For our last day in Prague, we decided to take a day trip to Kutna Hora to see the bone chapel. Of course things would not be easy—why would they? We arrived at the train station in Kutna Hora without a hitch, but it was getting to the chapel that was the issue. We were told by a local to take the small, public train to get there since it was too far to walk, so we did. However, she did not tell us where to get off, and I couldn’t find her again. We thought we saw the chapel at the edge of the city due to the presence of a large gothic church and would get there in no time. There was one stop after the train station, but we didn’t get off because the church still looked pretty far up—wrong move. When the train continued on after this stop, it kept going, kept going, right past the church and further out. We were now in the middle of the Czech countryside on a train full of beer-guzzling hillbillies at noon. Completely stunned and confused, we were then confronted from the conductor who wanted to see our tickets. Our tickets apparently weren’t valid for the leg of the train we were on and he kept scolding us in Czech as if we understood. The couple next to us then stepped in and tried to help us out—in Czech—by hand signaling to get off at the next stop and take the train back four stops.

Long story short, we took the train back to where they suggested, we walked ten minutes to the bone chapel which turned out not to be the bone chapel so we walked some more and waited close to two hours for a local bus to take us to the bone chapel. We finally got to the bone chapel and enjoyed it and all of its creepiness—of course there is a chapel filled with the remains of 40,000 humans in the Czech Republic. Getting ready to leave, we did a quick spin around the cemetery that encompassed the chapel to find a couple that appeared to be unearthing a grave? Maybe the large trash bag and the woman raking at a grave gave it a way but we were a little concerned. Should we notify there are some psychos outback digging up graves? We didn’t have the energy to do so and instead booked it to the train station and rewarded ourselves with Cantina again for the hard day we had.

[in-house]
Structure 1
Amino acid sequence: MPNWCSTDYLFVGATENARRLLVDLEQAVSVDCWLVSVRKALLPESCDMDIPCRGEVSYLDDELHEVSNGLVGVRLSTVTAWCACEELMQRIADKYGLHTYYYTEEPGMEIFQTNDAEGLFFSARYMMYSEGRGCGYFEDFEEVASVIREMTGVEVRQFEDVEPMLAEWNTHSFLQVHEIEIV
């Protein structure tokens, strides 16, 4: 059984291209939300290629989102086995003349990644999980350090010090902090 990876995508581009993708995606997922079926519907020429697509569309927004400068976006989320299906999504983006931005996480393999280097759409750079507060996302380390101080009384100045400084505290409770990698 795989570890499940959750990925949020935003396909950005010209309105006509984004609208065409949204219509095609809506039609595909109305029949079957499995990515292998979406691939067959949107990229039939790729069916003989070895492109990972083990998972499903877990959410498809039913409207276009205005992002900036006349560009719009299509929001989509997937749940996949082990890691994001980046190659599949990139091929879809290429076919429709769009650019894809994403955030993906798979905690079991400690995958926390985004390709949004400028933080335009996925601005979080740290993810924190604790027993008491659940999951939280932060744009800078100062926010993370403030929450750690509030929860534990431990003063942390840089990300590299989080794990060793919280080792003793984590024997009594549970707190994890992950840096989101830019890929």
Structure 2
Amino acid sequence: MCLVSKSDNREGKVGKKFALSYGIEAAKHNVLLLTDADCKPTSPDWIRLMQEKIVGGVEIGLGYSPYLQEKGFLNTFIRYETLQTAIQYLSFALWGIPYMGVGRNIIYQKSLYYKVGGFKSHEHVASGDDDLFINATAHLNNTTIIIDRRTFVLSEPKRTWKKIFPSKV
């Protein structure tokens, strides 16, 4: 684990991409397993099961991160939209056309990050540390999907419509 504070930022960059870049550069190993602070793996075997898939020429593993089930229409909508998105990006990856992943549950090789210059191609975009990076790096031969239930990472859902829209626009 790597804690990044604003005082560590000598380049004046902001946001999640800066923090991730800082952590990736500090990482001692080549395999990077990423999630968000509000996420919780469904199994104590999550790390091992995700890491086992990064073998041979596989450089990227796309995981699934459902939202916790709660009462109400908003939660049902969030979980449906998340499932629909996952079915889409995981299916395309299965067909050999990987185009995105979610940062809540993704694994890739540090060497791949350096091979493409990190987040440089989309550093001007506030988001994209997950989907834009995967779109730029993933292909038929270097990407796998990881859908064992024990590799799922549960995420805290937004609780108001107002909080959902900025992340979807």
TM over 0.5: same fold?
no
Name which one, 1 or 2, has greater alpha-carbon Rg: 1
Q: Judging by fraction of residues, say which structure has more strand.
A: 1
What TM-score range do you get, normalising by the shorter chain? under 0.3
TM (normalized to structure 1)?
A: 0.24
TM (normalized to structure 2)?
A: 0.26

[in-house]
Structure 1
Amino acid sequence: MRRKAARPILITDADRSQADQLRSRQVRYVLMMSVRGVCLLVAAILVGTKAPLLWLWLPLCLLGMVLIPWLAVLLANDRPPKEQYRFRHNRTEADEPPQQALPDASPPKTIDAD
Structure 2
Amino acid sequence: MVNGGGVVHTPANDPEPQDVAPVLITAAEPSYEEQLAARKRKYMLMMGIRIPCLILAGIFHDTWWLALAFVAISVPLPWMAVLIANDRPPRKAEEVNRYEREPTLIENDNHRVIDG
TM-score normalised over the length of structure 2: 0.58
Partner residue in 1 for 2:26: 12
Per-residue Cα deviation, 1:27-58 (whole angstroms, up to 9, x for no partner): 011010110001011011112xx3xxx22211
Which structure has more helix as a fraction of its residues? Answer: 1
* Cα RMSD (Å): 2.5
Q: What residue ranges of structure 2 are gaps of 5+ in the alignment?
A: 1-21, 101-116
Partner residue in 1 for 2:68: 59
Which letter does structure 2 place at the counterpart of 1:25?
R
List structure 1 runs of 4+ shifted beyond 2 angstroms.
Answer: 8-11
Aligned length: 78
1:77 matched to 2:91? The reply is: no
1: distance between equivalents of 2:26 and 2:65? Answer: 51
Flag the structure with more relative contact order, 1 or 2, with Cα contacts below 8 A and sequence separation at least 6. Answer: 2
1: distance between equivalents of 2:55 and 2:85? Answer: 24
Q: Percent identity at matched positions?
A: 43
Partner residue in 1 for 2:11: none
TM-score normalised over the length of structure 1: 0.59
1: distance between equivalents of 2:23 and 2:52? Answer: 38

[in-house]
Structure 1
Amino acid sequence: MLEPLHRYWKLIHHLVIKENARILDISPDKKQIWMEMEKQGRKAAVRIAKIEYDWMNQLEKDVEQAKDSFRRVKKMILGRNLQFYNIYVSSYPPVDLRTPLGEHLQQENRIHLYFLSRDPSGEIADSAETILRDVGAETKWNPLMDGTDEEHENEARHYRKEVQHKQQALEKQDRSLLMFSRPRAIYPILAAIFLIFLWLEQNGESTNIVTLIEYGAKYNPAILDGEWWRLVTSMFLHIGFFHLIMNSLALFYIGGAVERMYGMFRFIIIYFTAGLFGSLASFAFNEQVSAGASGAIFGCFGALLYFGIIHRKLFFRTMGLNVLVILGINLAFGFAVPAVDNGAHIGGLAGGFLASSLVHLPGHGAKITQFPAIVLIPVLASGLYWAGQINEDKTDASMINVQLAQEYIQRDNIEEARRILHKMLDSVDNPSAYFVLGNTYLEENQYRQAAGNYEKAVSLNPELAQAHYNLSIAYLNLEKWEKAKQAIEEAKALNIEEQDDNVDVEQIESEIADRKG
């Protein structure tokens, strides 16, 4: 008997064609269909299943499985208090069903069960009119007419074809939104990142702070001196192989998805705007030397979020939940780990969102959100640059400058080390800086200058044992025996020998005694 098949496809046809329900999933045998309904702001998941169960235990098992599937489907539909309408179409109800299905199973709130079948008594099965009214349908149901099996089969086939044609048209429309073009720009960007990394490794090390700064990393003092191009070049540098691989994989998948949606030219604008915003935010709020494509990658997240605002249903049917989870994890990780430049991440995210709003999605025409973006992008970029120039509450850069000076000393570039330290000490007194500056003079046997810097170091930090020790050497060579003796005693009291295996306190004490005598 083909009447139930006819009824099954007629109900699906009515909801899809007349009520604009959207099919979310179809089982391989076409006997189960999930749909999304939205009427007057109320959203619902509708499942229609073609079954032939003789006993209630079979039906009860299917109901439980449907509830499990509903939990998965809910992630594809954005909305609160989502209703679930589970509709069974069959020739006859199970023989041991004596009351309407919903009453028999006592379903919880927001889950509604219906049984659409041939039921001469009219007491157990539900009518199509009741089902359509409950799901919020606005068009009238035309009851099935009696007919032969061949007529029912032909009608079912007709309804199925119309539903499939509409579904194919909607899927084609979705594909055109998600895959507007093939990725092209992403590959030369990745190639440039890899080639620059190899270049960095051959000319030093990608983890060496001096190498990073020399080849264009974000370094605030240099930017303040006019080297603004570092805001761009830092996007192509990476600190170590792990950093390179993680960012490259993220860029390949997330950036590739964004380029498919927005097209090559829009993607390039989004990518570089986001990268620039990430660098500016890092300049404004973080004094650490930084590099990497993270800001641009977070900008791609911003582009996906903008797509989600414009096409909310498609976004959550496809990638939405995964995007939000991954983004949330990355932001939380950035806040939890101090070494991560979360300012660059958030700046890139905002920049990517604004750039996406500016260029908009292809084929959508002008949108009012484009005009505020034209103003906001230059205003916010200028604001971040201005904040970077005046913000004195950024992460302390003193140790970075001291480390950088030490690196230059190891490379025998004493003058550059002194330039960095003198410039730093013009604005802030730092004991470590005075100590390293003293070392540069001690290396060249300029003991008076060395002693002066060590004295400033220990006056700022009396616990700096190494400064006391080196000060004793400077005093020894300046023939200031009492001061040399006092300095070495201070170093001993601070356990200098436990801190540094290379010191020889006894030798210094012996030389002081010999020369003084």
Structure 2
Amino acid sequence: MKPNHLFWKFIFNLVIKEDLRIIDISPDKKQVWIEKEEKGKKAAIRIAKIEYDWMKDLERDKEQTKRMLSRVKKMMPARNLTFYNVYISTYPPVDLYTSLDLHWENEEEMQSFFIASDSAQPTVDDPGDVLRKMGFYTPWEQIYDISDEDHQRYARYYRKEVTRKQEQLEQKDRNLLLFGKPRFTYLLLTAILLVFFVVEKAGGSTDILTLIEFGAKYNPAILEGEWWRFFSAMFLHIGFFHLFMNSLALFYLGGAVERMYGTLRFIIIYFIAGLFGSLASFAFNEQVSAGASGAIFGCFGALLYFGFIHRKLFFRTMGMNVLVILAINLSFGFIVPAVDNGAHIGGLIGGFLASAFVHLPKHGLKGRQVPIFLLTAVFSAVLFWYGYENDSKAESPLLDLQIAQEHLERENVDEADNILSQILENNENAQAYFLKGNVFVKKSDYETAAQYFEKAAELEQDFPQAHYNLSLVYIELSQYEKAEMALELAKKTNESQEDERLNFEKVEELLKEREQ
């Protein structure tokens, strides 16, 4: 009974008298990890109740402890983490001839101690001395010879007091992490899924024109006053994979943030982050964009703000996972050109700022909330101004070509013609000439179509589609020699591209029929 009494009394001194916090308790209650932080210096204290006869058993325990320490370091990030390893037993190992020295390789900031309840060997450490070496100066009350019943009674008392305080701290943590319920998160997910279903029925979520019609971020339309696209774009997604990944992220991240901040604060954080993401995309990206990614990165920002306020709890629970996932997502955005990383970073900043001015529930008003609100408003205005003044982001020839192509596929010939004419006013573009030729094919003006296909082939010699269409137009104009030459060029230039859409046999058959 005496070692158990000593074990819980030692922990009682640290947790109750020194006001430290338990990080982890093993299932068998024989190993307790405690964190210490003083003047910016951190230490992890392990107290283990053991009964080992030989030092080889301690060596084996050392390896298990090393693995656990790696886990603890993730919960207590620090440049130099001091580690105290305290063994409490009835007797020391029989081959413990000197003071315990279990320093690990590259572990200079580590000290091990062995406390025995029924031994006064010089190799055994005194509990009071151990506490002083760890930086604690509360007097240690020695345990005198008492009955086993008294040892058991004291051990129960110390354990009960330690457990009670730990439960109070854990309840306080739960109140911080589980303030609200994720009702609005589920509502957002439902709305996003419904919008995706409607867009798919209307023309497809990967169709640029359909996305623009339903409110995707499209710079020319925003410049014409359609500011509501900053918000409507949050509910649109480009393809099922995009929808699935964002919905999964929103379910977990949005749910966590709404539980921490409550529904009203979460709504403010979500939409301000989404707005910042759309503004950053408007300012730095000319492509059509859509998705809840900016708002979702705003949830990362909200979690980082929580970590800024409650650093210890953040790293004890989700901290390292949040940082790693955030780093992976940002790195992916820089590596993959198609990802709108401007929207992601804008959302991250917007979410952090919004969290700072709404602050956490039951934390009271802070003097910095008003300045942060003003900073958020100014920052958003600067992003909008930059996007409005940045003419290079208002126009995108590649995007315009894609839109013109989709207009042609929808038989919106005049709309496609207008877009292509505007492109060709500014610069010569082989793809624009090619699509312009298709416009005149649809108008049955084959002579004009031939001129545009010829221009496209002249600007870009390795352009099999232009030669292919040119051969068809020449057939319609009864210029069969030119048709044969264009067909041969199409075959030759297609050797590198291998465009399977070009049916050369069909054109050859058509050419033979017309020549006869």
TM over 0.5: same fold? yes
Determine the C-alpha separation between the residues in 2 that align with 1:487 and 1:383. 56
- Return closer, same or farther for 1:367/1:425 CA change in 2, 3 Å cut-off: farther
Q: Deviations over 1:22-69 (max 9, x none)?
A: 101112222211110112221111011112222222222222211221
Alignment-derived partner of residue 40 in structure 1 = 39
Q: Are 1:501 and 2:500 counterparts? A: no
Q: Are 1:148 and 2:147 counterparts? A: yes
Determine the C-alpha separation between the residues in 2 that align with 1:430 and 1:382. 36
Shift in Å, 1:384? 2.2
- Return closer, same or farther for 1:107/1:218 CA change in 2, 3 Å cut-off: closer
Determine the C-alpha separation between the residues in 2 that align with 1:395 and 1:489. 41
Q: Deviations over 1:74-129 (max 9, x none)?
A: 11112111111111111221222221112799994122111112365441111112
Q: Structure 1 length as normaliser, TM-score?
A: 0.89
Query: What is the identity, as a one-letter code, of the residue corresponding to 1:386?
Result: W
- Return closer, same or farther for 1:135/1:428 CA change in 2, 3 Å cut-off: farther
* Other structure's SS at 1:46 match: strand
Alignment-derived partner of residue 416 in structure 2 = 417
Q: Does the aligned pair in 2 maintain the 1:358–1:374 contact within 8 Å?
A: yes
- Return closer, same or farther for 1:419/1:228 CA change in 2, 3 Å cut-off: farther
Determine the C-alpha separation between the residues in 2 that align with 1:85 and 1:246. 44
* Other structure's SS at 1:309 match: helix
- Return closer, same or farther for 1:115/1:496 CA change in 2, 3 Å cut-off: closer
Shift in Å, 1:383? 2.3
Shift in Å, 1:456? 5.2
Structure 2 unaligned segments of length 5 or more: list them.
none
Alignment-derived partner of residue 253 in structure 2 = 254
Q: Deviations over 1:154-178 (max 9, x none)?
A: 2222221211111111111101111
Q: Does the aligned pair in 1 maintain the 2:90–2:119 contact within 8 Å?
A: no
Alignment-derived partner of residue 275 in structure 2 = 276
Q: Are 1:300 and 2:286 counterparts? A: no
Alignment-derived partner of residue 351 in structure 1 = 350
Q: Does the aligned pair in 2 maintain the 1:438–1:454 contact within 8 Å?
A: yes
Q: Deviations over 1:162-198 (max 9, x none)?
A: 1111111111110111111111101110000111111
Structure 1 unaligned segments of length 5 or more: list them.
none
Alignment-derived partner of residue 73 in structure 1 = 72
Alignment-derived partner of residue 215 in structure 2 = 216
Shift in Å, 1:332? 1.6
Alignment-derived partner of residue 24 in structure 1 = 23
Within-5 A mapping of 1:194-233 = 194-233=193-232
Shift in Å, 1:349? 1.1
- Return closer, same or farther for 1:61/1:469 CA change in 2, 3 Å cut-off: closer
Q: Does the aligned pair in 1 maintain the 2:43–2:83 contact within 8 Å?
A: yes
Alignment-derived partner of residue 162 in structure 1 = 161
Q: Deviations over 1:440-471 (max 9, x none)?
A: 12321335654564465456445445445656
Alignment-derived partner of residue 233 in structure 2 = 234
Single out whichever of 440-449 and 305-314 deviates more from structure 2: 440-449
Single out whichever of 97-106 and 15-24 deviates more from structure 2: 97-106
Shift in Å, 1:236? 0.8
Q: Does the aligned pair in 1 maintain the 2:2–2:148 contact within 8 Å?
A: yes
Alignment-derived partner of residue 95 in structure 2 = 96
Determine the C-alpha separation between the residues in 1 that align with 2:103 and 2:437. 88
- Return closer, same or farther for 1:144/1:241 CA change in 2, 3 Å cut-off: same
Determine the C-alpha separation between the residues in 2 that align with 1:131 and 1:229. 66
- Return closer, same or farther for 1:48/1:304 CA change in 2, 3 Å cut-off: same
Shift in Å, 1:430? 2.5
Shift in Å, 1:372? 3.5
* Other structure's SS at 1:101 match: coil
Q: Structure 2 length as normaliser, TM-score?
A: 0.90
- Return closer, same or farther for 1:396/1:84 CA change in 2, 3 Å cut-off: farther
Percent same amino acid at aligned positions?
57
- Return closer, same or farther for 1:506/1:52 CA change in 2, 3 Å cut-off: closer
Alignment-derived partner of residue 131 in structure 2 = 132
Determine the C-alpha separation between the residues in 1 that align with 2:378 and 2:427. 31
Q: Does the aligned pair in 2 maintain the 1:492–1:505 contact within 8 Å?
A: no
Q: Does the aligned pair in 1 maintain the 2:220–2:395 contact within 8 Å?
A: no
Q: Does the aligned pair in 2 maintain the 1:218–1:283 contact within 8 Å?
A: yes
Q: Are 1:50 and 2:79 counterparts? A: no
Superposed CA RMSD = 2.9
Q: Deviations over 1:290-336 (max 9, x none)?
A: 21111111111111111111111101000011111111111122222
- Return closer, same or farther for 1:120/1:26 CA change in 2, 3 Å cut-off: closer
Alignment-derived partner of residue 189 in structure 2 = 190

The next morning we were off to Berlin—thank God! I must also note that we joked while in Prague that Saw I-V, Hostel, and any other horror movies were probably filmed in Prague only to find out that Hostel actually was—go figure. 

Un saludo,


Sunday, April 10, 2011

Semana Nueve: Zurich/Ricola and Yodeler Land

25 March ~ 31 March 2011

Sorry, it has been so long since I last wrote, but it is not without cause. A friend from school, Elissa, and I went vacationing—well tried—across  central Europe for a week and a half. Instead of ending my blog material when I normally do, after just 3 days of traveling, I decided to dedicate one weekly blog to each city we visited (Zurich, Prague, and Berlin).

We began our grand journey on a bus from Granada to Malaga where we were catching our flight to Zurich. I have learned, after multiple tries now, that I cannot sleep on public transportation—not even smooth overnight flights. As I tried to get some rest on the 2-hour bus ride, I could only hear, “…party and party and Hey! Fun, fun, fun…” Damn you Rebecca Black.

Beginning our trip on the wrong foot should have foreshadowed all that was to come, but it was unbeknownst to us; we stood in line at the Air Berlin check-in counter for what seemed to be eternity, even though we had already printed our boarding passes and weren’t checking luggage. I know better than that! Already immersed in our own stupidity, we decided to have a well-balanced breakfast at Pizza Hut.

When it was time, we boarded our Air Berlin flight to be greeted by one of the three German Charlie’s Angels holding out a basket of welcome candies. I truly felt like any one of these flight attendants could have me tied up in the shape of a pretzel and thrust from the aircraft in a matter of seconds. It all started with their appearance: red leather gloves, a very slim and chic navy uniform, red and white ascot tied to perfection, and (the one) a fierce blonde bob. Elissa and I agreed they were most likely not even flight attendants, rather German undercover intelligence agents who had multiple passports, currencies, and identities in their possession. I made a mental note not to cross lines with these gals.